Pakistan’s economy has also not been spared the impacts of the floods as the agriculture sector accounts for almost a quarter of the economy. According to the country’s central bank, the heavy rains are a downside risk to growth which was expected to be between 3% and 4%. Before the floods, Pakistan was already facing an economic downturn, which has since been exacerbated.

The country has secured some assistance from Arab countries and the International Monetary Fund (IMF) has approved the release of a $1.17 billion (R29bn) tranche bailout. The strenuous relationship between India and Pakistan has also been brought to the fore due to the flooding.

Under Imran Khan’s tenure as prime minister of Pakistan, trade with India was suspended in August 2019 and the two countries’ differing views on the Kashmir issue are some of the contributing factors to the diplomatic spats between them. Diplomatic tensions between the two countries are believed to be one of the key reasons that India has delayed its assistance to Pakistan.

It has been reported that India is prepared to send bilateral relief and aid to Pakistan as and when a request is granted. India and Pakistan are best placed to assist each other in cases such as the current floods, but the strained relationship between the two countries has hamstrung any such efforts.

Such is the state of the relationship that it took several days for the Indian prime minister to express condolences, which he did through a tweet. India has been at the forefront of many crises in the region, and it views itself as a “first responder”, which it has done often in countries like Nepal, Sri Lanka, the Maldives and Afghanistan.

The slow response by the Indian government is indicative of the relationship between the two countries. Pakistan’s finance minister, Miftah Ismail, has alluded to the impending food crisis in the country and noted that, if need be, the trade ban with India could be lifted to allow the country to import vegetables and edible items from India.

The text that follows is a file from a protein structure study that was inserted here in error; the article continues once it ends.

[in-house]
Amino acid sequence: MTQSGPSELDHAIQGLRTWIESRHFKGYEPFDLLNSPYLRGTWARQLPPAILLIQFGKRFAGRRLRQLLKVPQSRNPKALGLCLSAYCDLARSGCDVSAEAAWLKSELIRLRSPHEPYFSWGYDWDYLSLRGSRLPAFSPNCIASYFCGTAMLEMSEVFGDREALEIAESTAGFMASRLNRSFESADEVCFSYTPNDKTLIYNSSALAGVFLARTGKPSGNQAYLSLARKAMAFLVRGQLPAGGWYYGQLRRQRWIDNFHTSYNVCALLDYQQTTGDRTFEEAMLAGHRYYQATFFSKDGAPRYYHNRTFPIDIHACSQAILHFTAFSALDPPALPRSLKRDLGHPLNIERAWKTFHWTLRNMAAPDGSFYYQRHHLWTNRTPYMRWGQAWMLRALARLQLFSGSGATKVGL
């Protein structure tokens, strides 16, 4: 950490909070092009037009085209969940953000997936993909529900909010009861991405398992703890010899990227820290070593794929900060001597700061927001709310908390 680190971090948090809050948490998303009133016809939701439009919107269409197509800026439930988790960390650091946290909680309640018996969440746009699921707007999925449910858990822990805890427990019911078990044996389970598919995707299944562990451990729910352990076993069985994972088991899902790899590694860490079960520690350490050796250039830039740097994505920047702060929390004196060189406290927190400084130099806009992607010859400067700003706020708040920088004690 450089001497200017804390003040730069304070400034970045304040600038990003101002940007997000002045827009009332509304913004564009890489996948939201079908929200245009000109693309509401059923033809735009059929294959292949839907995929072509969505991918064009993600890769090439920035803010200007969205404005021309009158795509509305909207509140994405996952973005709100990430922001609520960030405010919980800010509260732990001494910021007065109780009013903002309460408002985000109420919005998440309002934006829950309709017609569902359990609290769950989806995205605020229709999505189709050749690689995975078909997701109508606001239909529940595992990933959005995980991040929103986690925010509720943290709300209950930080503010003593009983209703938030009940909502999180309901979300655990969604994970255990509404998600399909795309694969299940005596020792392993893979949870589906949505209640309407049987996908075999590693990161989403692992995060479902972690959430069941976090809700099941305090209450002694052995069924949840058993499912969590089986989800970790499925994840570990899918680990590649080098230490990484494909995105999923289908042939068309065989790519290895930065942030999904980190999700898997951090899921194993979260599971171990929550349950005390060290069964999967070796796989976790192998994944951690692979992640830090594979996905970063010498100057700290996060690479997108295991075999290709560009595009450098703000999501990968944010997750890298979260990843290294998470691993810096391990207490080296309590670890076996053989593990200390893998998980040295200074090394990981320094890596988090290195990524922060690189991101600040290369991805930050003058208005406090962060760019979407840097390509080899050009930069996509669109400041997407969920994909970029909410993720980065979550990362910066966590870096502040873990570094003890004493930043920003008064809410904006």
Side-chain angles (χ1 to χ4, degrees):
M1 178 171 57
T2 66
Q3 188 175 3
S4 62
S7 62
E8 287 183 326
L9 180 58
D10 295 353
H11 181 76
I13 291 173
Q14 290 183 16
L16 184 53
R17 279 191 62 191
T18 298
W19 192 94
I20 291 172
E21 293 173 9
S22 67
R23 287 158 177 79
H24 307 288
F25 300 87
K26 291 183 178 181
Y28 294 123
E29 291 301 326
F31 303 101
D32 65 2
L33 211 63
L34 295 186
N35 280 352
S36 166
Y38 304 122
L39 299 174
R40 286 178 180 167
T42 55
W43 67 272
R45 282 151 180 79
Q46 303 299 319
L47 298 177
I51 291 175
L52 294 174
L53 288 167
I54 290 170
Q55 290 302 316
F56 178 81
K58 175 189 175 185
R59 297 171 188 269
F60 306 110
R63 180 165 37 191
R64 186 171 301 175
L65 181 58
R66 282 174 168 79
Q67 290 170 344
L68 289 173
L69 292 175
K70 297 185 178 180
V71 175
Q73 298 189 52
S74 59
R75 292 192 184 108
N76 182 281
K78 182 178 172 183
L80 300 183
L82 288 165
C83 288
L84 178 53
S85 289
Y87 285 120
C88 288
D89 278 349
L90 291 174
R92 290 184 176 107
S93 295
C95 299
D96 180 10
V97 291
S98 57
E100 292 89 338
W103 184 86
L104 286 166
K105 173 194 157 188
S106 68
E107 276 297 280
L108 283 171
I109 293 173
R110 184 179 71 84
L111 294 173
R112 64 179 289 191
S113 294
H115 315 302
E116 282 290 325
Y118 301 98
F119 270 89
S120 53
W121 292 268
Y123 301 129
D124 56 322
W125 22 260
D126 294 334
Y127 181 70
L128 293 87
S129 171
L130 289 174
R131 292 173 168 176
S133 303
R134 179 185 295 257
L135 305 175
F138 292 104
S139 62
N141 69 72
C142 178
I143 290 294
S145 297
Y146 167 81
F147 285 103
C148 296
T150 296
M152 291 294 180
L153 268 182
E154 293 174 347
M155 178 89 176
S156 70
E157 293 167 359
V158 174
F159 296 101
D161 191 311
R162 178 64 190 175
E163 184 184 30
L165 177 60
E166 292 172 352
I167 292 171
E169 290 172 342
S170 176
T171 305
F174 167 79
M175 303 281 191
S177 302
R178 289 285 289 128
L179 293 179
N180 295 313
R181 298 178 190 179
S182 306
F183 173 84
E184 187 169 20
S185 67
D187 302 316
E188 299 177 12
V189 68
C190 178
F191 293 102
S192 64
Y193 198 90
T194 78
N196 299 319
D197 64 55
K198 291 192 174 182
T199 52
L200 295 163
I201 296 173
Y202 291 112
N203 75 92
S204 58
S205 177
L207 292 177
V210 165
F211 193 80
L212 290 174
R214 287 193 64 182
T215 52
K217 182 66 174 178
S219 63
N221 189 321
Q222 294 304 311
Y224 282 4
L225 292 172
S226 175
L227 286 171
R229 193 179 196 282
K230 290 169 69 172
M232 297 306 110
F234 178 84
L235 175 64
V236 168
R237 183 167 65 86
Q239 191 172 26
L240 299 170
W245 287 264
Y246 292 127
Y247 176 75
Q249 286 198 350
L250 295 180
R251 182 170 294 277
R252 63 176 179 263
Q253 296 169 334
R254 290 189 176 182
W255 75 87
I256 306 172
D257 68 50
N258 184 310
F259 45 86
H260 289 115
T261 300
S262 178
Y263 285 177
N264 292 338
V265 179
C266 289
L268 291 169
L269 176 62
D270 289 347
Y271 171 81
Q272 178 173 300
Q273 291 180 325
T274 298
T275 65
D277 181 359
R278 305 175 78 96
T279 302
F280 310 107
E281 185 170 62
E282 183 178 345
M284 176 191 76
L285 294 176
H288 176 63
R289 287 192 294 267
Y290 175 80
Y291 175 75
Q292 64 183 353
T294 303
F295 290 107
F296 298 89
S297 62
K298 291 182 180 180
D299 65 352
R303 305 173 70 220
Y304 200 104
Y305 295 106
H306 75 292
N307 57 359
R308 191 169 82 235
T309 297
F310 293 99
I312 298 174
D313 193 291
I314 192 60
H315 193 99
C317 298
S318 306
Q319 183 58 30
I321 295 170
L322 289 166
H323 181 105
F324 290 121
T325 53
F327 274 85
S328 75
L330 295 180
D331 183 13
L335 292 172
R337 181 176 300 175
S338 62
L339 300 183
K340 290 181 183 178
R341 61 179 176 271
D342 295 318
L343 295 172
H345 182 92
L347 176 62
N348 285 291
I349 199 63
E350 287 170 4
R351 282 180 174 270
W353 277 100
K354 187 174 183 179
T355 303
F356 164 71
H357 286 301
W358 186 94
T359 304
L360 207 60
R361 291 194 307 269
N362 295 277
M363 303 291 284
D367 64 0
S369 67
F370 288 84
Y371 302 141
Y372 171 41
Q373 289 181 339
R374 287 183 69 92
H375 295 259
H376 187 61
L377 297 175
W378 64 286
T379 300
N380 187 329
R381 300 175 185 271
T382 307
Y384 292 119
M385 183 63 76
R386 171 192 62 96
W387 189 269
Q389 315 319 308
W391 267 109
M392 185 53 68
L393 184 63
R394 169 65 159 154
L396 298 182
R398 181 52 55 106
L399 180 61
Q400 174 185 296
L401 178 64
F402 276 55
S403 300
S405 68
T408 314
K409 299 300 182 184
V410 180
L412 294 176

Sherry Rehman, Pakistan’s minister of climate change, announced that all three arms of the military have been deployed to alleviate the impacts of the flooding. However, even with that effort, the country remains overstretched.

When describing the events in Pakistan, Rehman notes that the storms were “some monstrous new phenomenon” – much worse than what the country witnessed in 2010. Although the government has tried to assist communities the crisis seems to be beyond its capacity, further making a strong case for countries like India to be of assistance.

The link between climate change and the floods in Pakistan remains inconclusive but they remain evident. Pakistan contributes less than 1% of global greenhouse gases and this has brought to the fore inequalities that are associated with climate change.

The patterns of extreme weather faced by Pakistan can strongly be linked to climate change. If further studies are anything to go by, events like those being witnessed in Pakistan shall continue to ravage smaller nations – with huge ramifications for citizens and economies.

Taruvinga is a post-doctoral research fellow at the Wits Humanities Graduate Centre